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ISBN:0826219322
Author: Ira Sukrungruang
ISBN13: 978-0826219329
Title: Talk Thai: The Adventures of Buddhist Boy
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ePUB size: 1626 kb
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Language: English
Category: Memoirs
Publisher: University of Missouri; First edition (January 25, 2011)
Pages: 184

Talk Thai: The Adventures of Buddhist Boy by Ira Sukrungruang



Ira Sukrungruang ha Talk Thai: Adventures of Buddhist Boy. Children need rules. These rules need to be clear-cut and easily understood to be followed. Ira Sukrungruang was one of my daughter's professor's at SUNY Oswego, so this is how I came to read this book. It's a slender memoir of his early years growing up in Chicago with parents and "Aunty Sue", who was really a friend of his mother and not an actual relative

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In Talk Thai, Ira Sukrungruang gives readers a fresh, funny, and poignant perspective on childhood, identity, cultural confusion, and growing up Thai American. This is a gem of a memoir. Bich Minh Nguyen, author of Stealing Buddha’s Dinner and Short Girls. This is the kind of book that cuts right to the bone without feeling like the writer is trying too hard. A refreshing look at the immigrant experience in the . with an insider's exploration of Thai culture in America. An excellent read, the kind one returns to again and again and again.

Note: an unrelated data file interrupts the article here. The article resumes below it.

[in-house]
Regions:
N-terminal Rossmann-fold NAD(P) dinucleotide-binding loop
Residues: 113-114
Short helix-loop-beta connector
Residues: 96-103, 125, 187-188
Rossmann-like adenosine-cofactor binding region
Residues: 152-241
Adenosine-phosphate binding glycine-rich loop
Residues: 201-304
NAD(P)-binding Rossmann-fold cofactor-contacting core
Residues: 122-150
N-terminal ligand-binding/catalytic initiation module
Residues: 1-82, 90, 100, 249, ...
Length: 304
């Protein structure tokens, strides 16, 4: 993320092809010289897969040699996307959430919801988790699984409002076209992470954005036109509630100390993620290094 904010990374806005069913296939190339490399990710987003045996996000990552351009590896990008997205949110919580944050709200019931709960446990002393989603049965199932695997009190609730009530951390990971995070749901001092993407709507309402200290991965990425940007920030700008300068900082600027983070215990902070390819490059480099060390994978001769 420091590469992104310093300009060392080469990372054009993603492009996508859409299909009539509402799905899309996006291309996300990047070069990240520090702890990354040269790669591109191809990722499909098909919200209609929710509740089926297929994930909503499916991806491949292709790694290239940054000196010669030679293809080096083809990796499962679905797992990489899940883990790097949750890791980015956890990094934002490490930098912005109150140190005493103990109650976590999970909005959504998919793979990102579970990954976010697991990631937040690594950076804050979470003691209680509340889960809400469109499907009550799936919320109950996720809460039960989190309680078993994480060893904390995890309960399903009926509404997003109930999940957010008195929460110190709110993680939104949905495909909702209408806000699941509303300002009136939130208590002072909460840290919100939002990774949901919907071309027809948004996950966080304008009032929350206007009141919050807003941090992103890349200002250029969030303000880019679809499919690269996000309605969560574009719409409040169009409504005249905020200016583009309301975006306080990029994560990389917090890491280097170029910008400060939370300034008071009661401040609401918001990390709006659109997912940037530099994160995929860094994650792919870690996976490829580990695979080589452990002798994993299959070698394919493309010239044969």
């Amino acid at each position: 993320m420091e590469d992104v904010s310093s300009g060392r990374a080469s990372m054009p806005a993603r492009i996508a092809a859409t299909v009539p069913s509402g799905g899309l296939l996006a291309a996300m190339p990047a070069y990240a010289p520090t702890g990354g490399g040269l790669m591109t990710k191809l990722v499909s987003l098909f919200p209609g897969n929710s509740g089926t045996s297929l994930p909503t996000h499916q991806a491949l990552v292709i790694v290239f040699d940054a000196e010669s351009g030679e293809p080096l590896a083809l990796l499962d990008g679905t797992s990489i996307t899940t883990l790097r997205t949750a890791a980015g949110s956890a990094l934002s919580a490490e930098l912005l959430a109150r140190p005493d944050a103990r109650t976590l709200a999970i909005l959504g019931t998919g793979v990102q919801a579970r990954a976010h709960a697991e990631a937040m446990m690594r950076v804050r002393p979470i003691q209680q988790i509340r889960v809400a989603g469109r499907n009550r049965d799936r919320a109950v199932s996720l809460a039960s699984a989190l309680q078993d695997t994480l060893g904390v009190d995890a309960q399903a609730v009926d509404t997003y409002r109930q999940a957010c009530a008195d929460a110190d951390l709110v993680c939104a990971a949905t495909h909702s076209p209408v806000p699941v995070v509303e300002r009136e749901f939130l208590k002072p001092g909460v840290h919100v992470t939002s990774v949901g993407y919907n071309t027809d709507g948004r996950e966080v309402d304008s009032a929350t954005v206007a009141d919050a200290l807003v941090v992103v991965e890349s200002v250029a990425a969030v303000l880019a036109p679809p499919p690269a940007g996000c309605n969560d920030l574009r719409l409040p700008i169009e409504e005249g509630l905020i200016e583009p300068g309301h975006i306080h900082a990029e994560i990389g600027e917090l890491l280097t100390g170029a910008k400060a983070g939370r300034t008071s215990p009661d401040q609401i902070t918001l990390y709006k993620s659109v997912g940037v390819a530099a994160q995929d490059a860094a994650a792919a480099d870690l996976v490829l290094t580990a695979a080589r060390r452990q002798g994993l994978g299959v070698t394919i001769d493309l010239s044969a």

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Lee Ann Roripaugh, Tiffany Midge, Ira Sukrungruang, Megan Kaminski, Sean Johnston. At the USF/Sweet Table. Barrie Jean Borich, Ira Sukrungruang, Dinah Lenney, Judith Kitchen, Paul Lisicky) Authentic voice. However we describe the sound and texture of that slip-slide between our actual lives and the versions of ourselves we create for the page, this palpable human presence is what distinguishes creative nonfiction from the other genres. This panel of nonfiction writers will discuss the intimacy, intellect, and identity of this naked I-part actuality, part construction, always individual, and wholly what the genre is all about.

When Ira Sukrungruang was born to Thai parents newly arrived in the . they picked his Jewish moniker out of a book of "American" names. ISBN13:9780826219329.

Author: Ira Sukrungruang. It was for a class that I’m currently taking. they picked his Jewish moniker out of a book of 'American' names. Young Ira may have lived in Oak Lawn, Illinois, but inside the family's bi-level home was 'Thailand with American conveniences